January is drawing to a close, days are getting longer and the sun is paying us more visits. But, as we all know, whether we’re talking about the actual weather or the bipolar kind, this is the trickiest time of the year, when you feel like spring is here and begin to relax, only to be hit with a mid-March snow storm. So in the next couple of months, I believe self care is more important than ever.
On that note, I have had it up to here with the pseudo-helpful health influencers that permeates social media, oozing of toxic positivity and pushing super expensive products on vulnerable people who just want to live a healthier and happier life. And really, it doesn’t have to be so bloody complicated as these people will have you believe. I say this completely without judgement for anyone who’s ordered a bunch stuff or paid for app subscriptions, because I’ve stepped into these traps myself countless of times. Only this morning, I was one click away from ordering a bullet blender I can’t afford, just so I can make breakfast smoothies which I probably won’t drink.
Instead, I ate a banana and went for a short run in the park. Short being the operate word, as I am extremely unfit at the moment. But, after making sure I wasn’t about to cough up my lungs or vomit blood, I felt really good. I walked back home at a leisurely pace, enjoying the rare sunlight and marvelling at the massive difference in my energy and mood, after only fifteen minutes of sluggish jogging.
And that got me thinking about writing a blog post like this.
So here it is.
Lifestyle Hacks for a healthy, happy and mentally stable life:
- Make rainbow meals
- Drink water
That’s it. No diet powder smoothies or programmes, no detoxing, no juice fasting, no calorie counting, no super foods. It’s all super food, if it’s unprocessed and you have more than a two or three colours on your plate. If you want to combine your healthy diet with a mindfulness hack: grow your own vegetables or, if you live in the city with no access to a garden, grow herbs and microgreens on a window sill, the whole process is therapeutic and you’ll enjoy eating them more if you’ve grown them from seeds yourself.
- Do it
Yeah, I know. We all know this and we all wish we didn’t. But the truth is, unless you’ve got some specific workout goal like running a certain distance at a certain time, lifting a certain number of kilos or looking a certain way, it doesn’t matter what kind of exercise you do. In terms of mental health, you just need to move your body and get your heart rate up, as regularly as possible. And actually, I find that when I think of my exercise routine as ”clearing my head” or ”de-stressing” or something to do with my mind rather than my fitness, I tend to find it easier to get started, to keep going, to get into a routine and to get to a point where I see an actual improvement in my physical health and fitness, as well. Whereas, the times where I’ve started, or attempted to start, a workout routine because ”I’m so unfit/weak/flabby/etc” it never works.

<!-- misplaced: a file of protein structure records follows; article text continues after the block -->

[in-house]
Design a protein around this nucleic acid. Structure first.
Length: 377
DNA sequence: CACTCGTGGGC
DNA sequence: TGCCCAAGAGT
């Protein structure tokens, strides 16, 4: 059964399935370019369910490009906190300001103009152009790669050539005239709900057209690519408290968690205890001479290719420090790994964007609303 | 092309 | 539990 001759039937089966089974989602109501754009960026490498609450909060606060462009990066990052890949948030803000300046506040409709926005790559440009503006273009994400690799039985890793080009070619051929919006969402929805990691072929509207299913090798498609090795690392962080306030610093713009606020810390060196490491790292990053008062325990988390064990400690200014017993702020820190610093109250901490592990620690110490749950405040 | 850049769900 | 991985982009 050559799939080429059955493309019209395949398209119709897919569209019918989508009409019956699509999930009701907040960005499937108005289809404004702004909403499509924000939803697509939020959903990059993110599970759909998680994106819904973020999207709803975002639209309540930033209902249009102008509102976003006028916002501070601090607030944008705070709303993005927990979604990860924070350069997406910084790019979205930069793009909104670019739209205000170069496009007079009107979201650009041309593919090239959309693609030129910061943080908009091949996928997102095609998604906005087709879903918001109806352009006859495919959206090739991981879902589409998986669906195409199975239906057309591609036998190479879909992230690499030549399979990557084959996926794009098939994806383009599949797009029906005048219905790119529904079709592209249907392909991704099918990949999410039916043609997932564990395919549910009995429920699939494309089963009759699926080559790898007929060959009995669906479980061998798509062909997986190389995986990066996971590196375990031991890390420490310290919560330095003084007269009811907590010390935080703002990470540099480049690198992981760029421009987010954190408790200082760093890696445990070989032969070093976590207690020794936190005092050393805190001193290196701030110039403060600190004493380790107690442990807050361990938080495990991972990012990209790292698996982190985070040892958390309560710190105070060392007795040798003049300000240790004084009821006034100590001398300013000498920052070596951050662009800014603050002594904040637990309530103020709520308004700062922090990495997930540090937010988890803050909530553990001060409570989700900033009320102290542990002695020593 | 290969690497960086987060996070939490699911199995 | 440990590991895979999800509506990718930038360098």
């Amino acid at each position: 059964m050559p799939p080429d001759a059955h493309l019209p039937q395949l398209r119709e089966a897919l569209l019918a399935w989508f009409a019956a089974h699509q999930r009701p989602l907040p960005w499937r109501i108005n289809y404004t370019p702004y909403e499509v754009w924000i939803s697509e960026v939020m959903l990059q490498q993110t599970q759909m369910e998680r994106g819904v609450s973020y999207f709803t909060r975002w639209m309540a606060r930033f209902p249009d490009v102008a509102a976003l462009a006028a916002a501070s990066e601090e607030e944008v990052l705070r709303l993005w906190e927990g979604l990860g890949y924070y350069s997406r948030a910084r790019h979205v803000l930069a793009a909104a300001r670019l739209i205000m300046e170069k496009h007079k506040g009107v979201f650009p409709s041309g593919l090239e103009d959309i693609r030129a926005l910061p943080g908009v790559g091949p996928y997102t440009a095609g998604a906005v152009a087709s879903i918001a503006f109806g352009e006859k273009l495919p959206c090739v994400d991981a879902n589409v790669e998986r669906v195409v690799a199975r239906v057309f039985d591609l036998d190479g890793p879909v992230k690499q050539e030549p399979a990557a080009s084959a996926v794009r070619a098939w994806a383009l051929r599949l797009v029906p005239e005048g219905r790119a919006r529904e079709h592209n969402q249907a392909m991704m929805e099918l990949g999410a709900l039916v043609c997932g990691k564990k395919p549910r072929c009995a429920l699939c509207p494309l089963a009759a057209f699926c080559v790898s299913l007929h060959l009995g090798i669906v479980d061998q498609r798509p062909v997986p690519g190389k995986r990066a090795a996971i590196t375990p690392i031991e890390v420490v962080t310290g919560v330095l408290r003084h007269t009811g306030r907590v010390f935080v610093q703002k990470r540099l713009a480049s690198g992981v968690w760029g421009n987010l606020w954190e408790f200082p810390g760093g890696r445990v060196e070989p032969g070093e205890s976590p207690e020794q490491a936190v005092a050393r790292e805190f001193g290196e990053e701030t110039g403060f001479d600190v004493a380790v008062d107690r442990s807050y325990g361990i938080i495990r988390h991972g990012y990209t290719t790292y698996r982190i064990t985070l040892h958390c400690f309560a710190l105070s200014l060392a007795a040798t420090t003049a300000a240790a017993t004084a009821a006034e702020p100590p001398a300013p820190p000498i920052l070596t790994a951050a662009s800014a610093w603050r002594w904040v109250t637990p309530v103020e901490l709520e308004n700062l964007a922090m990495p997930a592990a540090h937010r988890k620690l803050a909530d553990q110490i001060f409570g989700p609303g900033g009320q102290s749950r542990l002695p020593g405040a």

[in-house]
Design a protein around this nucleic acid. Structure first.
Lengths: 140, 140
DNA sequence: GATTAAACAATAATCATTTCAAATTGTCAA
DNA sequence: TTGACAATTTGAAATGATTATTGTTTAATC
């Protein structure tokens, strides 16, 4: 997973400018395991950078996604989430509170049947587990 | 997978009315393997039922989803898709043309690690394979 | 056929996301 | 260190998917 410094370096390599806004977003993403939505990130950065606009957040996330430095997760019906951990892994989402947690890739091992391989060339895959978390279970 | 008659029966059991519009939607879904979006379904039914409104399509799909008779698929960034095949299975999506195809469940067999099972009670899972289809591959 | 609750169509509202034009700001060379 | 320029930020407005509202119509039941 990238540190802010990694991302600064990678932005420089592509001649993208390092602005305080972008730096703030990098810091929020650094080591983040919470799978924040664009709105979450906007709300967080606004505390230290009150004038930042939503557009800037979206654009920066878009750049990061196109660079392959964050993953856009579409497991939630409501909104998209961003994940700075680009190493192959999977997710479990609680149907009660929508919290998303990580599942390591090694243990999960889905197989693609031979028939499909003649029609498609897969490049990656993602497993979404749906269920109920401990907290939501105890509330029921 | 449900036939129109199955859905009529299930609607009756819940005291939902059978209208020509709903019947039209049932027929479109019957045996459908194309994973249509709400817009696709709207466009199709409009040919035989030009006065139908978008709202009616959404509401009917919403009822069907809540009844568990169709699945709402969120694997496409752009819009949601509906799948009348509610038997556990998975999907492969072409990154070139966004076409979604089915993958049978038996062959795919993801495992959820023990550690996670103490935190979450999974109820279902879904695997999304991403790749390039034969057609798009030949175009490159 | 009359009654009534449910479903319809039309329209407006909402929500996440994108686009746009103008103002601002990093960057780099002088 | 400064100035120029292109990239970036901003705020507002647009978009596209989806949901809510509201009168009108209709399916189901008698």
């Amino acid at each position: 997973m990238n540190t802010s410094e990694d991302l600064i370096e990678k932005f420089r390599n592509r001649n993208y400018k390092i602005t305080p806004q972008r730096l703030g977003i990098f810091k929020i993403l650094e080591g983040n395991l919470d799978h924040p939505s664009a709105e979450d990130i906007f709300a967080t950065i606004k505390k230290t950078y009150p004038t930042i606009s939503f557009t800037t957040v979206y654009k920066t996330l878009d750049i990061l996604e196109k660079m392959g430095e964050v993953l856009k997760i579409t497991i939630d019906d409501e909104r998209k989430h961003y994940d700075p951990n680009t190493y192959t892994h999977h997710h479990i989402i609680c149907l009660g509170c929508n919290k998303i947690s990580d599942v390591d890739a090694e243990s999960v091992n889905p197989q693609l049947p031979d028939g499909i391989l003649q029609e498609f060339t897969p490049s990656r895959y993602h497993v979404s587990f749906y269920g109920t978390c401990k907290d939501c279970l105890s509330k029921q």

- Create one that works for you
- Stick to it as much as possible
- Really is important, especially when you feel like you don’t need it.
Spirituality/mindfulness/peace of mind, I have controversially lumped these together as the same thing, and I can’t give you a quick list for it either, because it’s so individual in terms of what works and what your background and beliefs are. I myself was raised completely without religion, so what works for me (for example: a nature walk or lighting a candle) might not work for you. If you’re a very spiritual person, meditation or prayer might have the exact same effect on you, as sitting by the sea will have on me. But the point is, it doesn’t matter as long as it works for you and genuinely gives you that peace of mind. It can be prayer, gardening, chanting, crystals, candle-lit bubble baths or painting with watercolours, it doesn’t matter. But if you find some kind of ritual or routine that gives you that stillness in your mind, then that is something you’ll want to incorporate into your daily or weekly routine.
Finally, and this is specifically directed to those of us living with a mental illness, I want to reiterate: Knowledge is power.
If I had to pick one thing, one single coping strategy or hack that has saved my life, to pass on to someone who’s recently been (or are in the process of being) diagosed, it is this: Do your own research.
Read any and every thing that’s ever been written about your condition. Find and watch the documentaries. Find and join the peer support communities. Sponge up all the available information that is out there, whether it’s scientific or anecdotal, it really doesn’t matter because you’re not writing an essay, you’re arming yourself with knowledge; some of it will be irrelevant, some of it will be interesting, and some of it will save your life. You need to sift through it all to find the stuff that is helpful to you, but also: you need to affirm to yourself that you are in control of your own recovery and/or well-being.
That’s not to say that you won’t need a lot help from a lot of people, some of them mental health professionals most likely, but it is essential for your recovery that you take a vested interest in it and remind yourself, especially when you feel yourself spinning out of control of your own mind, feelings and life, that you can be in control of your own recovery process.
If you don’t have the physical, mental or emotional strength or capacity to process a lot of information right now (and believe me, I know exactly what that’s like: Hello Brain Fog, thanks for stopping by and making it impossible to get through one single paragraph of a job post, right when I am in desperate need of a job!), here’s a simple but good place to start:
(That’s the cognitive triangle which is the basis for CBT, cognitive behavioural therapy)